Plumbago flowers range from light blue to blue, but can also be found in white (P. auriculata var. alba) or deep blue (P. auriculata var. ‘Royal Cape’) flowers. The leaves are a glossy green and grow to 5 cm long. This family of shrubs has an Ogren Plant Allergy Scale (OPALS) score of 4 or less and has been promoted by horticultural and human health organisations in Australia and overseas, as a suitable plant for use in low aero-allergen ‘asthma friendly gardens’. However, the entire plant, including the root, contains ‘plumbagin’ – a toxic organic naphthoquinone derivative that is reported to induce an acute toxic contact vesicular (blistering) reaction in humans. Death in humans from extensive use of the sap as a medicinal rub has also been reported.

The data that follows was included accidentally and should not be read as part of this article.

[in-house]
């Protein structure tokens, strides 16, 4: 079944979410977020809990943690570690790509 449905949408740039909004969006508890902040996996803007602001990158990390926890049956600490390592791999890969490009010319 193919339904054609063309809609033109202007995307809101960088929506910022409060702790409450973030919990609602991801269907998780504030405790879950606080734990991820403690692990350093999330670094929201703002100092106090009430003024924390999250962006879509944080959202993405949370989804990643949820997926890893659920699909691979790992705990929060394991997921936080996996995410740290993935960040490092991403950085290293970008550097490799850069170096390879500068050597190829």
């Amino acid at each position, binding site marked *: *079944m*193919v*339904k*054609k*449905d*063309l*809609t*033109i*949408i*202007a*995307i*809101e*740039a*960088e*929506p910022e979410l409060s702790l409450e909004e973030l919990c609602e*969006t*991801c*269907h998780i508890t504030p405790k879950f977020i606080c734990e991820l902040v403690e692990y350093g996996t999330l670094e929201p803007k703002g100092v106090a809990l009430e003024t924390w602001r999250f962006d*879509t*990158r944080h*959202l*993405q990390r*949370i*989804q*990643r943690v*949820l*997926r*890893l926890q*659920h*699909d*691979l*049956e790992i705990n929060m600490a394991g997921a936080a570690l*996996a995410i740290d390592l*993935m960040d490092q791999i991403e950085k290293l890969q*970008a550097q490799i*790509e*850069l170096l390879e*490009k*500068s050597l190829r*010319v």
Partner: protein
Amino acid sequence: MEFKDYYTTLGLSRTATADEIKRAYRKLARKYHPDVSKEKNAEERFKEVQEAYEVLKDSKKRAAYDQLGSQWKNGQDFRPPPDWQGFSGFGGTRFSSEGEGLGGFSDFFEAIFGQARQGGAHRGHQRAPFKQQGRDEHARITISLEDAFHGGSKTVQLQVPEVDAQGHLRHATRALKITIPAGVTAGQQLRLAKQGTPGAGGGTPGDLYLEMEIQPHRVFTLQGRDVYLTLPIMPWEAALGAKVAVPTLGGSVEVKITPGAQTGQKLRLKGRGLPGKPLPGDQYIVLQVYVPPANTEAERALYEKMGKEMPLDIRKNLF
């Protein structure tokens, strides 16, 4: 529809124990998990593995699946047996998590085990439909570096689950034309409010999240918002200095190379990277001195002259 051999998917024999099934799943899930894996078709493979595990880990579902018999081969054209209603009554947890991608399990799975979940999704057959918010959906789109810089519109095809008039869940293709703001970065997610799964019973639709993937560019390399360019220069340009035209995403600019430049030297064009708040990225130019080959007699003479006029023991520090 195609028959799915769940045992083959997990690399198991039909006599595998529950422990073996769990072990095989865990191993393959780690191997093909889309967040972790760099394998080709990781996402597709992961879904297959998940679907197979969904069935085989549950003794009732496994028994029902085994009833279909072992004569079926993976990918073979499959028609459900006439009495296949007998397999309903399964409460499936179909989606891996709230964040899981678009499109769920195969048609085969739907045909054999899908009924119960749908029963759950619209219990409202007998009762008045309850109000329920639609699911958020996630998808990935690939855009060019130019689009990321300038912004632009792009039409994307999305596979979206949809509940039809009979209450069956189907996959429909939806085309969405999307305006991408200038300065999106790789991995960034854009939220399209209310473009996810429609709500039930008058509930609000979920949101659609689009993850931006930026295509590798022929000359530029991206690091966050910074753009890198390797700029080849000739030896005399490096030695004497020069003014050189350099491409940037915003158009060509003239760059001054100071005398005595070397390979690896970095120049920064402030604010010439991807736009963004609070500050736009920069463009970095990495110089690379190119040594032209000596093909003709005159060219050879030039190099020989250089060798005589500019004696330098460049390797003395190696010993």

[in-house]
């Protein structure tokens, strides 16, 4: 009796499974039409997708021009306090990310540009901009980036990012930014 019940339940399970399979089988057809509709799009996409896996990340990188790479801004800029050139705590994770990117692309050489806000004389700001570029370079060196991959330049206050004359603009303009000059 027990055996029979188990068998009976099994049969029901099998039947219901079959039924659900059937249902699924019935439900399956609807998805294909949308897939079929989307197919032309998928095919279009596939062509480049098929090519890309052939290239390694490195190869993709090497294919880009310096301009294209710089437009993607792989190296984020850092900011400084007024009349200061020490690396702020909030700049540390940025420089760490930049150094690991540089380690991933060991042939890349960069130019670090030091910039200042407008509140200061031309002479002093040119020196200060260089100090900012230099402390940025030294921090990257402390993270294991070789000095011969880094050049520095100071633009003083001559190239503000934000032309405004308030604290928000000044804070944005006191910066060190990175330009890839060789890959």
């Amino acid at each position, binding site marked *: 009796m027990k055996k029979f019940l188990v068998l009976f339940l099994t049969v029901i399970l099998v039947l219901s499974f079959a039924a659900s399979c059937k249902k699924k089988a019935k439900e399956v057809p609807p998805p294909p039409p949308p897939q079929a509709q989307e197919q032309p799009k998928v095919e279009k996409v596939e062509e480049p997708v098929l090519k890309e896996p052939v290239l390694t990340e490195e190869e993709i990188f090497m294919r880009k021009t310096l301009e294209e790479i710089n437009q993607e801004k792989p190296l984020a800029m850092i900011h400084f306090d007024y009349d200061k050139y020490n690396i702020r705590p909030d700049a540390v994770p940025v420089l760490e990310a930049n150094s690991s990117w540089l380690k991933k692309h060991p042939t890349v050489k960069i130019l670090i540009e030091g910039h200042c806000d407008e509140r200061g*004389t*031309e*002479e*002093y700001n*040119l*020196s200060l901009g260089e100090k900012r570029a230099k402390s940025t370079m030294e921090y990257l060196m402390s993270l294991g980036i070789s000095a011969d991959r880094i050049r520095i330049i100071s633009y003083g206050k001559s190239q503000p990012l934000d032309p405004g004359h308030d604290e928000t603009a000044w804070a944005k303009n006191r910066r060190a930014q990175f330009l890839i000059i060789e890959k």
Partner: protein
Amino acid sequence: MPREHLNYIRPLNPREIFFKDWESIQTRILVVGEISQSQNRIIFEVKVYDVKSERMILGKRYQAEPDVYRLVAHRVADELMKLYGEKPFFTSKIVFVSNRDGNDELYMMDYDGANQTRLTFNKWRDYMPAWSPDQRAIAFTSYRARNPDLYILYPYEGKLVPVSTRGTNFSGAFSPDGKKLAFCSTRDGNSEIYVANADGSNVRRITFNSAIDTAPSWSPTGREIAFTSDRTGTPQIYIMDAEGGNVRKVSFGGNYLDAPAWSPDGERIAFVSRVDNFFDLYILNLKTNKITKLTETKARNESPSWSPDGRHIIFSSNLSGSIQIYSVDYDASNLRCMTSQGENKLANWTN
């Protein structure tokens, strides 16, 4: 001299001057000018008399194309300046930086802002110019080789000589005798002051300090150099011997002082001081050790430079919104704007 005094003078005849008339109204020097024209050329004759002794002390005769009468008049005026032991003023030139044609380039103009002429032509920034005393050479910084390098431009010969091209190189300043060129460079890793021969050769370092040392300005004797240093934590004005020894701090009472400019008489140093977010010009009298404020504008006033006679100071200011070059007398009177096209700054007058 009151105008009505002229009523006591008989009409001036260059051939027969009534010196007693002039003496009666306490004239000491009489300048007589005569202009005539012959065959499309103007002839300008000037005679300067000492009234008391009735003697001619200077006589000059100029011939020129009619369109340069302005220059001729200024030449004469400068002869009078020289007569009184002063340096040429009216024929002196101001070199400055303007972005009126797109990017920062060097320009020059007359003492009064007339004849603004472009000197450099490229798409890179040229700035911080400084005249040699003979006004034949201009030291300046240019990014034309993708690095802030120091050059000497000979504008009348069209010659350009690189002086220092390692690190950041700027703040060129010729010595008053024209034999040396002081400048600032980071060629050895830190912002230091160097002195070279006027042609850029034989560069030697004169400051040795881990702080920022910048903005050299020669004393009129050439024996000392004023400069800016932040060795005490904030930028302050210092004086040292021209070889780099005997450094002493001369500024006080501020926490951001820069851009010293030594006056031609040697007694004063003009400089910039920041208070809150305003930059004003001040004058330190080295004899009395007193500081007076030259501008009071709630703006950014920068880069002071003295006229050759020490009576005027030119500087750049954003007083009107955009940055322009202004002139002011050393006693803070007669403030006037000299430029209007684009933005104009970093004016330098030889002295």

Oak Flats Vets, with the help of specialist dermatologist vet, Dr David Robson, have had a case of a blistering skin condition in a dog (following contact with a Plumbago shrub) written up and published in the Australian Vet Journal in August 2016. The condition was very painful and distressing to the dog but responded to quick, simple and affordable treatment. The condition could be confused with some serious immune conditions that would require on-going long term medication. Our paper alerts and reminds vets and owners to look for Plumbago and other irritant/contact risk plants when presented with such a blistering and painful condition. The plant should not be confused with a somewhat similar looking plant-Duranta- that also shares the Sky Flower common name. For more on Duranta, read Dr. Aine’s Blog in the Pretty Poisons section.